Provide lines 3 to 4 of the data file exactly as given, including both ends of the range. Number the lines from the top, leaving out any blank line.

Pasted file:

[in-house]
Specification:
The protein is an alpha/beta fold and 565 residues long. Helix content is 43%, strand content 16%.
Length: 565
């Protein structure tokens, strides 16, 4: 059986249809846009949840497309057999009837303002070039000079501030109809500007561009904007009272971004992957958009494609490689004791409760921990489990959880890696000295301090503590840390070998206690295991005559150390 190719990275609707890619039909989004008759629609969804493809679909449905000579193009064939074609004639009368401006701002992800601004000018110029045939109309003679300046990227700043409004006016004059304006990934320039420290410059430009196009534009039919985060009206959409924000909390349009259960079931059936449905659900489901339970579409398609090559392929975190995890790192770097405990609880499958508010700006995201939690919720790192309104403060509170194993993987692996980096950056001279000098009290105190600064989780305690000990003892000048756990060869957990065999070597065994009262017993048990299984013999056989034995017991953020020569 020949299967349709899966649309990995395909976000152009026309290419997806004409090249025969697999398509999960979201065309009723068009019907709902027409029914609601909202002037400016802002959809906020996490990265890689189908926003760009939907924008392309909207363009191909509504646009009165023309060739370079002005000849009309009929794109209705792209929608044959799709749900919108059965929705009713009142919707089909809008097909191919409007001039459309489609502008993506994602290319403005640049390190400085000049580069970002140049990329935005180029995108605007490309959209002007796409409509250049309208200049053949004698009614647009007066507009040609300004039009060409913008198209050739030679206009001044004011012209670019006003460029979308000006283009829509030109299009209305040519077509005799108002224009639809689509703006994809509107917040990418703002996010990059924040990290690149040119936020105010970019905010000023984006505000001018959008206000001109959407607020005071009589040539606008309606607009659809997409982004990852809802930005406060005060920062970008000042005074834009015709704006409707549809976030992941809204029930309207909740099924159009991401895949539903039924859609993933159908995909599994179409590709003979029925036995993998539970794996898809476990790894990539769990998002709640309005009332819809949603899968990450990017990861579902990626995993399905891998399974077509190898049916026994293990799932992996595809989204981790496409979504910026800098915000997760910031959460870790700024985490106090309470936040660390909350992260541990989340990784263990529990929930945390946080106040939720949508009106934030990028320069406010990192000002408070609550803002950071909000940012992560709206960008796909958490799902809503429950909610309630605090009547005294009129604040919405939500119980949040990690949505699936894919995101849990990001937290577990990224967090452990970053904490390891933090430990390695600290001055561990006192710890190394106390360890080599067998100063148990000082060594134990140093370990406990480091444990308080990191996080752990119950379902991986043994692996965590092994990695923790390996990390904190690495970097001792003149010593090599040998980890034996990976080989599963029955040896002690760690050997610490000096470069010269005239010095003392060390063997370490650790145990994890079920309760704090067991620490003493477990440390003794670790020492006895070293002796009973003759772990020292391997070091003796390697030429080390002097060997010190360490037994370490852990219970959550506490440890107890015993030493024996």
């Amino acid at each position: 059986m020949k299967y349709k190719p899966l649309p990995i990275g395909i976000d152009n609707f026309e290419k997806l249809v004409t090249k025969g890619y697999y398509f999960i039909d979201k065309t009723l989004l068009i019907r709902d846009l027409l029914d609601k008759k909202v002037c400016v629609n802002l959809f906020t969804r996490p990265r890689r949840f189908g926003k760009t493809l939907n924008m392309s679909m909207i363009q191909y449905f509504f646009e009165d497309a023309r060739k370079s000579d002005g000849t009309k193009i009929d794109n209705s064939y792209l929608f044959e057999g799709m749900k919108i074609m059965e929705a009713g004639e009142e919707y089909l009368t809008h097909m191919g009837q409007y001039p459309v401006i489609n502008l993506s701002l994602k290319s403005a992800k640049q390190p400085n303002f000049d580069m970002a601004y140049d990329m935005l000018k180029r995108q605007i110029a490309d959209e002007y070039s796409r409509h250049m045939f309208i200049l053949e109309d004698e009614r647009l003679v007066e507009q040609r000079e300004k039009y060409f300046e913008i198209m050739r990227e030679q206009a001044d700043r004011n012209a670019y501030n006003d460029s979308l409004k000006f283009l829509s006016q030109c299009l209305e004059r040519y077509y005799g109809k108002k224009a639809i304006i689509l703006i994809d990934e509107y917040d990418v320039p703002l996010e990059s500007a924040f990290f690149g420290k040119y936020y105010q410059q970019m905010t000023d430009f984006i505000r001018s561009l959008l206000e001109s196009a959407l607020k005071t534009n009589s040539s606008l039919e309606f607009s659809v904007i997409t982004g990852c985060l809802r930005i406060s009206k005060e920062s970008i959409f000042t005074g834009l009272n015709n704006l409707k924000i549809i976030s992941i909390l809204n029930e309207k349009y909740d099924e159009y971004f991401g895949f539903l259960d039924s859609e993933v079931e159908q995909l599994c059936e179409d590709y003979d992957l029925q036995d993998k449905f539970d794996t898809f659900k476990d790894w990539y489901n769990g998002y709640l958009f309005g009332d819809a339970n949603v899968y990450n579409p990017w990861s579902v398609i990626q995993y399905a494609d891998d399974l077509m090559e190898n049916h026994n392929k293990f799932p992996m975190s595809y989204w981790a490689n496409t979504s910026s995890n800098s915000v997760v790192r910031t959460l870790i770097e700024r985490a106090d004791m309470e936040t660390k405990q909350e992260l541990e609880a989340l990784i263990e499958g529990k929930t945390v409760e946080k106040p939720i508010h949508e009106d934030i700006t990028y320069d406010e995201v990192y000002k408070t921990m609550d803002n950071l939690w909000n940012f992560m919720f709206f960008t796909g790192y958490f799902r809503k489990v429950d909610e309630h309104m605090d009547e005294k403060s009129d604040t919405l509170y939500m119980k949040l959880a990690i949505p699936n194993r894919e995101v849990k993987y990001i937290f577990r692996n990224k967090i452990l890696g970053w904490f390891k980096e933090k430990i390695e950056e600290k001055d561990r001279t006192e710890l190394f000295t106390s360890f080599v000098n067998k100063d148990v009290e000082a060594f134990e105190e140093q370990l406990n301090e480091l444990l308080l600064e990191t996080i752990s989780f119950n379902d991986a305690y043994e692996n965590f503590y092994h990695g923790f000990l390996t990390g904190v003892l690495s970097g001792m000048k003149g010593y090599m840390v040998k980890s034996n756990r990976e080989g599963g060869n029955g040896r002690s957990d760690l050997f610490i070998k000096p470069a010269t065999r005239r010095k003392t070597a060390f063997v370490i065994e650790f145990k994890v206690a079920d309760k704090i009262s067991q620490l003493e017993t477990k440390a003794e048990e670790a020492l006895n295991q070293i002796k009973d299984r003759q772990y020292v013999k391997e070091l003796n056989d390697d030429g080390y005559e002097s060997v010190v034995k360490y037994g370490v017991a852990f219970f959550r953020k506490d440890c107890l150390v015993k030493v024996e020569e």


The protein is an alpha/beta fold and 565 residues long. Helix content is 43%, strand content 16%.
Length: 565